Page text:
It seems difficult to imagine a time when computer programming was not accessible to the general public. However, prior to the creation and standardization of programming languages, the creation of functioning computer software required much more than knowledge of simple html and access to an ftp site.
FORTRAN is one of the oldest programming languages. The history of FORTRAN dates back to 1957, when it was developed at IBM by John Backus and a group of IBM programmers. Prior to the advent of FORTRAN, programmers were limited to machine code, which was tedious and time consuming and very difficult to troubleshoot. FORTRAN was not machine or assembly code, but was instead a scientific- or high level- language. FORTRAN simplified the complex formulas that were previously required for computer programming, allowing programmers to write in a language akin to standard algebraic notation. FORTRAN's automatic translation of the algebra the programmers wrote to the code the computers needed to understand- gave FORTRAN its name. FORTRAN is actually an acronym for FORmula TRANslation, the process by which the algebra became code.
Because it was simple to write, FORTRAN was widely used, and made the creation of programs 500% faster than prior to its invention. The compiler- the mechanism by which the notation was turned into code- was the pioneer of compiler theory- a branch of computer science that remains popular today.
Although initially a program written in FORTRAN could be used on any machine, through the use of a managed file transfer or some other method of transmitting the program, many different dialects began to emerge, and it became almost impossible to transfer programs from one computer to another. As a result, the American Standards Association released a Standard for Programming Language, called FORTRAN '66, in 1966 to attempt to resolve these different dialects. Unfortunately, the success of FORTRAN '66 was short lived, and when different dialects again emerged, FORTRAN '77 was released in 1978. FORTRAN '77 was replaced by FORTRAN '90, which was replaced by FORTRAN '95. The standardization has made file sharing possible again, but still different dialects continue to emerge.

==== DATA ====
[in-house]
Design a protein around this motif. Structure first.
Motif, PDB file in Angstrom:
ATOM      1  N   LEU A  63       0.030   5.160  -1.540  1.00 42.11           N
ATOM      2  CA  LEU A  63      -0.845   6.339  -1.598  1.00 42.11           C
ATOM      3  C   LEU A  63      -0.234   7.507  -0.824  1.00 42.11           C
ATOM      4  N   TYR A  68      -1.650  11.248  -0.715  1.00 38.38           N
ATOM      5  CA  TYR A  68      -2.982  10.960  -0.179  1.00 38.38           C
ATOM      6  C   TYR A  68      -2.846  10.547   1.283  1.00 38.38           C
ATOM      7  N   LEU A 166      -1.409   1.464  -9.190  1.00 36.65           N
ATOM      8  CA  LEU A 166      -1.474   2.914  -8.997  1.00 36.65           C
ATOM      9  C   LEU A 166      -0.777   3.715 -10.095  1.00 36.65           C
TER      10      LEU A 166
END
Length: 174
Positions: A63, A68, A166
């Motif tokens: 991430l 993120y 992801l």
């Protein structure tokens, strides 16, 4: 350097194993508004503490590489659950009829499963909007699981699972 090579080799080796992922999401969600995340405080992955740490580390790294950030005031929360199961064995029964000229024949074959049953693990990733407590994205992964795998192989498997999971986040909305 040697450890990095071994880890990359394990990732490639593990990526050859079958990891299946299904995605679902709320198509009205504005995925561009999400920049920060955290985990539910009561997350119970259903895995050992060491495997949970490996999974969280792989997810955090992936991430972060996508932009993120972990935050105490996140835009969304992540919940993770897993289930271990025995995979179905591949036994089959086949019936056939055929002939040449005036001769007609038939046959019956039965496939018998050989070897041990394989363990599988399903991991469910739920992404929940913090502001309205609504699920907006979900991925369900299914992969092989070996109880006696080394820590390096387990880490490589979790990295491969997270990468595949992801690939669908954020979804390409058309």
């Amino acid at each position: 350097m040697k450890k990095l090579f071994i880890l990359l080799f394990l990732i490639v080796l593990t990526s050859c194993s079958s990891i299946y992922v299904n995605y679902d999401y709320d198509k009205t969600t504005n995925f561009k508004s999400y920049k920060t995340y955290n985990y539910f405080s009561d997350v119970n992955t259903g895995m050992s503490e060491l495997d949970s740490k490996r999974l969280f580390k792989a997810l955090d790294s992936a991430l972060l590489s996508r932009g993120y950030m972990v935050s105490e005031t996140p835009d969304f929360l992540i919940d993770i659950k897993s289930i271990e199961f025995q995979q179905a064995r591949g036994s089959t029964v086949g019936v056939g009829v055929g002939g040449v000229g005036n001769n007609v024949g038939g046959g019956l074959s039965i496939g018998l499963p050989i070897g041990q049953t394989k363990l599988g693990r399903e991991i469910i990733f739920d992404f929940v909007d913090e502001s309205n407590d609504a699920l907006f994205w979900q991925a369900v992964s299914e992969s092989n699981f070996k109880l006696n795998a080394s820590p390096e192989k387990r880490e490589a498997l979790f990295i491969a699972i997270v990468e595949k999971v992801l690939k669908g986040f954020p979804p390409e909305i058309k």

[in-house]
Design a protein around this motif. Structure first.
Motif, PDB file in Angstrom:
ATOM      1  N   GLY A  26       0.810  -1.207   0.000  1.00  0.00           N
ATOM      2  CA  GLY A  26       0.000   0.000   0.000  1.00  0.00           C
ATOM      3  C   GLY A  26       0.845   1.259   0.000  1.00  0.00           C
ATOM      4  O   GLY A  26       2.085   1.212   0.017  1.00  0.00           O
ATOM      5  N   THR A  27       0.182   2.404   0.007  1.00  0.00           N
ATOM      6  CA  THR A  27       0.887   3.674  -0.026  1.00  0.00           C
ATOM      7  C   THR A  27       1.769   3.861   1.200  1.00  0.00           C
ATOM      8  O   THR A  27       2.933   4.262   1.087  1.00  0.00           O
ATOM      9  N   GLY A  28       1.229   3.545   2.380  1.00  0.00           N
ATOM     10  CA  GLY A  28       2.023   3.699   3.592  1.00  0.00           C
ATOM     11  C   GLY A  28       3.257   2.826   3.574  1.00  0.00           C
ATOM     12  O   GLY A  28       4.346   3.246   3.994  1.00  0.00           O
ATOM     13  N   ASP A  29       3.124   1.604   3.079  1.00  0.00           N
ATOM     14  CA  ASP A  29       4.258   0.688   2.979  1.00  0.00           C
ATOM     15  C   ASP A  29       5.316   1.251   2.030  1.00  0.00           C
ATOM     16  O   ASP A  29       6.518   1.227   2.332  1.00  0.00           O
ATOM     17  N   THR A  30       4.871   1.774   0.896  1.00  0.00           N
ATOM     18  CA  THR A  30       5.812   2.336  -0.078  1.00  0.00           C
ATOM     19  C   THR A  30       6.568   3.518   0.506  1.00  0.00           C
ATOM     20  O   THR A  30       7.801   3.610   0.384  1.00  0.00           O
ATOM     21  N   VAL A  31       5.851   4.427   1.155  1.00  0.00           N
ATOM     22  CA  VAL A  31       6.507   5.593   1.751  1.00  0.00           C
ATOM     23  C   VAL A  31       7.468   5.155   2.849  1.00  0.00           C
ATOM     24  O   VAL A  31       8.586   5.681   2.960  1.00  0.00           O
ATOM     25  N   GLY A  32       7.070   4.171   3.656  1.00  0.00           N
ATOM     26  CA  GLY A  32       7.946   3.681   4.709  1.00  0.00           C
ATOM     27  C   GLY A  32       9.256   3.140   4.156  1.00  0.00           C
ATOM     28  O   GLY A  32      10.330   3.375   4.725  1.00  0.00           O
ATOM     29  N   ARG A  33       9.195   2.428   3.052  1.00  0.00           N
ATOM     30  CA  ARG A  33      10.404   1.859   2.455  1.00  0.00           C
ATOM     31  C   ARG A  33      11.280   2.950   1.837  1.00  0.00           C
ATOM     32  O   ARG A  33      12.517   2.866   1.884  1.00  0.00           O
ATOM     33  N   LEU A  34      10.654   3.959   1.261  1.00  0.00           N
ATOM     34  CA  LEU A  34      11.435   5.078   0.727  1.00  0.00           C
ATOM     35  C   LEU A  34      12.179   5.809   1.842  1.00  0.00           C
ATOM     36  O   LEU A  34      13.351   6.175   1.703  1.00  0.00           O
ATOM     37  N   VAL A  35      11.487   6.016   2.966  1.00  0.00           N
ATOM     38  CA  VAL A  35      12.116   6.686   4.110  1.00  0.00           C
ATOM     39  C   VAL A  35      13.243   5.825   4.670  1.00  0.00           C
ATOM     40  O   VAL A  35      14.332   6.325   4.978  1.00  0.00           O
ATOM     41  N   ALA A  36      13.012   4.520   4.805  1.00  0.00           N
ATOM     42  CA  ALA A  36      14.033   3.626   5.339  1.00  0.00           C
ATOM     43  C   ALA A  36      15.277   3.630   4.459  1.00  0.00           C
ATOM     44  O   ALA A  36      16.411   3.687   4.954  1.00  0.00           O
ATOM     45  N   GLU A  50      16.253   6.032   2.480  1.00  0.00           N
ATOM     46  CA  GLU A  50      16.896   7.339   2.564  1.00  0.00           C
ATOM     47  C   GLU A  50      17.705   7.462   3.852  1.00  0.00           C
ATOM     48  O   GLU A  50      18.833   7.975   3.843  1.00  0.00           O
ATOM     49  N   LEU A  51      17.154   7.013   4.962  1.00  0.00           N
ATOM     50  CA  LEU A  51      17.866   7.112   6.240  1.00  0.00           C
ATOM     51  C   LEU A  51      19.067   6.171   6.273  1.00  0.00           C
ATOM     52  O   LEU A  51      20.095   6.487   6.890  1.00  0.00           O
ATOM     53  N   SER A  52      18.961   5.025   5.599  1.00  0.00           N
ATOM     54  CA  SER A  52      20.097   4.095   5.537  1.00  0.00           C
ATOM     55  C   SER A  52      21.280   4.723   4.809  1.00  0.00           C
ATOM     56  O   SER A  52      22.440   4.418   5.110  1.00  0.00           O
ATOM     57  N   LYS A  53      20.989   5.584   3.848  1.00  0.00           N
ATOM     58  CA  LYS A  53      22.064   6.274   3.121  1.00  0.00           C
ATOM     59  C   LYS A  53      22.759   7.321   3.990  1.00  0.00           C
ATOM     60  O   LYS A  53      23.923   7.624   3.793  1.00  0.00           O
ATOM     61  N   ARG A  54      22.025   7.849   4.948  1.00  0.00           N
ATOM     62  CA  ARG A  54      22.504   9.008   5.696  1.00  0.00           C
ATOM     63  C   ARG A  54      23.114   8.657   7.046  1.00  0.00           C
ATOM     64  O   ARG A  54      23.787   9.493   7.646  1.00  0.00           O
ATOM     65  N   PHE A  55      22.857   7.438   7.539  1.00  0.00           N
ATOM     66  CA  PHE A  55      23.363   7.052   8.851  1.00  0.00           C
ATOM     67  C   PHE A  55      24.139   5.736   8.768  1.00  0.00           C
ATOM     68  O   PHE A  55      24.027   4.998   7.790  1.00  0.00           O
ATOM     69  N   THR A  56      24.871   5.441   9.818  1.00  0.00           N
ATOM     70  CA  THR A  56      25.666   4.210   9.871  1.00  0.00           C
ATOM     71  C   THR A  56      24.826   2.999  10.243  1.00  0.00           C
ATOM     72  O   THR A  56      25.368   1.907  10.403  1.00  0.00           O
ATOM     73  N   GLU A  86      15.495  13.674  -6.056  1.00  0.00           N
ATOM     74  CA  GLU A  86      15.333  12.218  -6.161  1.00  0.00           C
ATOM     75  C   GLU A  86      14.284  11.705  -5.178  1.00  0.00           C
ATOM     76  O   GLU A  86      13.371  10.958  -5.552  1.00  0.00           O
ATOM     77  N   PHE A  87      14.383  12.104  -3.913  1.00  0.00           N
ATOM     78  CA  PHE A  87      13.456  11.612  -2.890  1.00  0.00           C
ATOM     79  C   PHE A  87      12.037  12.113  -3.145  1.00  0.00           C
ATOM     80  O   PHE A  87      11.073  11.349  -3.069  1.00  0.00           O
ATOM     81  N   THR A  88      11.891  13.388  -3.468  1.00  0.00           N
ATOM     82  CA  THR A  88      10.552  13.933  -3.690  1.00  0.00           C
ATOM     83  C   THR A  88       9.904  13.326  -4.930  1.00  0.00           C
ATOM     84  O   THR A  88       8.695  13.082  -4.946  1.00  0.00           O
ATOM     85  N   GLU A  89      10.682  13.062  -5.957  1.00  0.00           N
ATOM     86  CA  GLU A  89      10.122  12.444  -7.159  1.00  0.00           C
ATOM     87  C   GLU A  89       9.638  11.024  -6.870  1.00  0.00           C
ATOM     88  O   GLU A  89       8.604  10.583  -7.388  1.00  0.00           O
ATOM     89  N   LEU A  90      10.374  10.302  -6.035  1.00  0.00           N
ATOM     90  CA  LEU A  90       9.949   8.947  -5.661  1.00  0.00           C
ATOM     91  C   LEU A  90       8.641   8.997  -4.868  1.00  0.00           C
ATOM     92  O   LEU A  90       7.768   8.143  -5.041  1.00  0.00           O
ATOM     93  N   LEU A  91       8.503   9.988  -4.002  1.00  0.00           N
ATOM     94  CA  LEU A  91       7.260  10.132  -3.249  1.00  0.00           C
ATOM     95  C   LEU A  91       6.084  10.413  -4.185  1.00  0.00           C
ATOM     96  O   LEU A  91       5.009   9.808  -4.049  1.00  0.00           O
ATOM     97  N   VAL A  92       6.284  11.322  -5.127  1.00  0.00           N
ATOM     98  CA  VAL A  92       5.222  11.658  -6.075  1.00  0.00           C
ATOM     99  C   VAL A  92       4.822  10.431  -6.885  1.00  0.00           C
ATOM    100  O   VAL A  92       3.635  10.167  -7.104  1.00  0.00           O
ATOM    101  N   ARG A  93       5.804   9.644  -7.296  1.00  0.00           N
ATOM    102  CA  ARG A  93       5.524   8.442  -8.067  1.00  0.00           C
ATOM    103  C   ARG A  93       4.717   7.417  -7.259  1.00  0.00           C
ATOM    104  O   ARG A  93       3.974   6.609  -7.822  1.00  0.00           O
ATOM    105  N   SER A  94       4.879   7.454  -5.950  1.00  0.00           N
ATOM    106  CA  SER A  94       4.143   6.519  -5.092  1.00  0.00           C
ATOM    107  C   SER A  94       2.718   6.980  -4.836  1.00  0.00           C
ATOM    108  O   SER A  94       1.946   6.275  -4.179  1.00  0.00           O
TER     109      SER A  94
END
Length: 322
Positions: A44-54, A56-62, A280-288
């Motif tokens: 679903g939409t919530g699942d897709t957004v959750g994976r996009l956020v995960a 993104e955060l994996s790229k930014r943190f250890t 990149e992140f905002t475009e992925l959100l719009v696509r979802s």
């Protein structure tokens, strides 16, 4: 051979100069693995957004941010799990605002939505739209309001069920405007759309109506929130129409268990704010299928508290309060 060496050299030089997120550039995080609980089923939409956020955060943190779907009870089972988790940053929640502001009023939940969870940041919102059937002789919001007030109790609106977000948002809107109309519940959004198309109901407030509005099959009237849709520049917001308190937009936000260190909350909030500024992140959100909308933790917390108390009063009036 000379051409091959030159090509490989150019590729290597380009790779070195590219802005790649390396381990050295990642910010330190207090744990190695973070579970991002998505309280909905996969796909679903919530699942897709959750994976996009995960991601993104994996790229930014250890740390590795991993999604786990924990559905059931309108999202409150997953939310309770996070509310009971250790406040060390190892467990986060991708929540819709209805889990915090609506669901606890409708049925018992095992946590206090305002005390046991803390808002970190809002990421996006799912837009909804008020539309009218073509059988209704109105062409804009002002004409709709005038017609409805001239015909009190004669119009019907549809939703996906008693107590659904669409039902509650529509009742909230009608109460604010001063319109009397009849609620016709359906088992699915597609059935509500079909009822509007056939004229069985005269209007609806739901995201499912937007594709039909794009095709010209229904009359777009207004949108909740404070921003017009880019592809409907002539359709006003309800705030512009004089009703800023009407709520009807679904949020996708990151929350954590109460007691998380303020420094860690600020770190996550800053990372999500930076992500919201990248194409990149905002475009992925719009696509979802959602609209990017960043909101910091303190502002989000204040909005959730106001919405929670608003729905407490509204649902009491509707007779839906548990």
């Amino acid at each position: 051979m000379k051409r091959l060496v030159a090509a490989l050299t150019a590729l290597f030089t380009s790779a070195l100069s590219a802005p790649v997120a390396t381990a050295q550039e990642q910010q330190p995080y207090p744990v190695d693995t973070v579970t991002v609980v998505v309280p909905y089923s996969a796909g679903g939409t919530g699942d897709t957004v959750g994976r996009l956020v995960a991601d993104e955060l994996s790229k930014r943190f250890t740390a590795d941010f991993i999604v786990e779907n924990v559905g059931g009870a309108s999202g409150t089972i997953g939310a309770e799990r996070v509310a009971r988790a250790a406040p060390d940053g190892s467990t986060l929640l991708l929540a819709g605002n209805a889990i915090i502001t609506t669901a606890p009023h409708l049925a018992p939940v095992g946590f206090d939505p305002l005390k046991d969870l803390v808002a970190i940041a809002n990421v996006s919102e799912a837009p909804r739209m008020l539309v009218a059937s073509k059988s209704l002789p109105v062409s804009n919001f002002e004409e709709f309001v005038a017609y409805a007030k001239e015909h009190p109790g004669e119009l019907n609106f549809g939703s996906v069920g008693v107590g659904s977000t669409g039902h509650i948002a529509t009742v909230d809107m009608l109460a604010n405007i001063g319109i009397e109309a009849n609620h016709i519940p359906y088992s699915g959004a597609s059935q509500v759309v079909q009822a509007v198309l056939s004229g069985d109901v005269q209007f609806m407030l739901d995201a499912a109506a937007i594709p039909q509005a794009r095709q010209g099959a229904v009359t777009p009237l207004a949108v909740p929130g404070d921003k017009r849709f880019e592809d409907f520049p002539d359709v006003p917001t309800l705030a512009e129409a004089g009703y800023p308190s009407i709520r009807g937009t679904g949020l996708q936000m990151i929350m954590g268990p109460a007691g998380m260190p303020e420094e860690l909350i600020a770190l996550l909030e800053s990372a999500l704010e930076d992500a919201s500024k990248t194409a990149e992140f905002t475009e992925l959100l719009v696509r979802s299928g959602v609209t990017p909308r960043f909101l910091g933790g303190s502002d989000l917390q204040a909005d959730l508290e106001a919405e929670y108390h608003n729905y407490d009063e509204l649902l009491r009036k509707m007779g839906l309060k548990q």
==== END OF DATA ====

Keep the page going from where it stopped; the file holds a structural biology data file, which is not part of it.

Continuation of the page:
The following links provide information about freeware for the FORTRAN programming language.
General FORTRAN Libraries:
FORTRAN Library: A comprehensive list of FORTRAN links, compilers and freeware
Frequently Asked Questions: A source providing answers to many of the frequently asked questions about FORTRAN.
FORTRAN Compilers: A detailed overview of sources of FORTRAN compilers.
Links to FORTRAN Compilers: A detailed list of sites that contain FORTRAN compilers.
FORTAN Compiler: A downloadable FORTRAN compiler.
GNU Compiler for FORTRAN: A downloadable compiler, with detailed instructions.
FORTRAN Compilers: A comprehensive list of downloadable compiler software.
FORTRAN to FORTRAN Translator: A downloadable translator with detailed instructions
FORTRAN to JAVA Information: Information about converting FORTRAN to JAVA.
FORTRAN to JAVA Conversion: A downloadable file that is part of a program allowing FORTRAN to Java Conversion.
FORTRAN to C Converter: A paper describing a prototype of a FORTRAN to C converter
FORTRAN to C Translator: A read-me file of a free FORTRAN to C Translator.
Random Number Generators
Number Generator Code: A very simple number generator code that can run on any computer
Portable FORTRAN number generator: Information and a downloadable file about a FORTRAN number generator.
Co-Array Extension: A Co-Array extension for FORTAN '95
Miscellanious FORTRAN Software:
Mersenne Prime FORTRAN software: FORTRAN software that allows the user to work with and manipulate Mersenne Prime numbers.
FORTRAN Format Package: A downloadable tool for FORTRAN formatting with detailed instructions.
Generating GIF Images in FORTRAN: A step-by-step guide to generating/using GIF images in FORTRAN.
FORTRAN Data Input Scheme: A free downloadable method of inputting data in FORTRAN.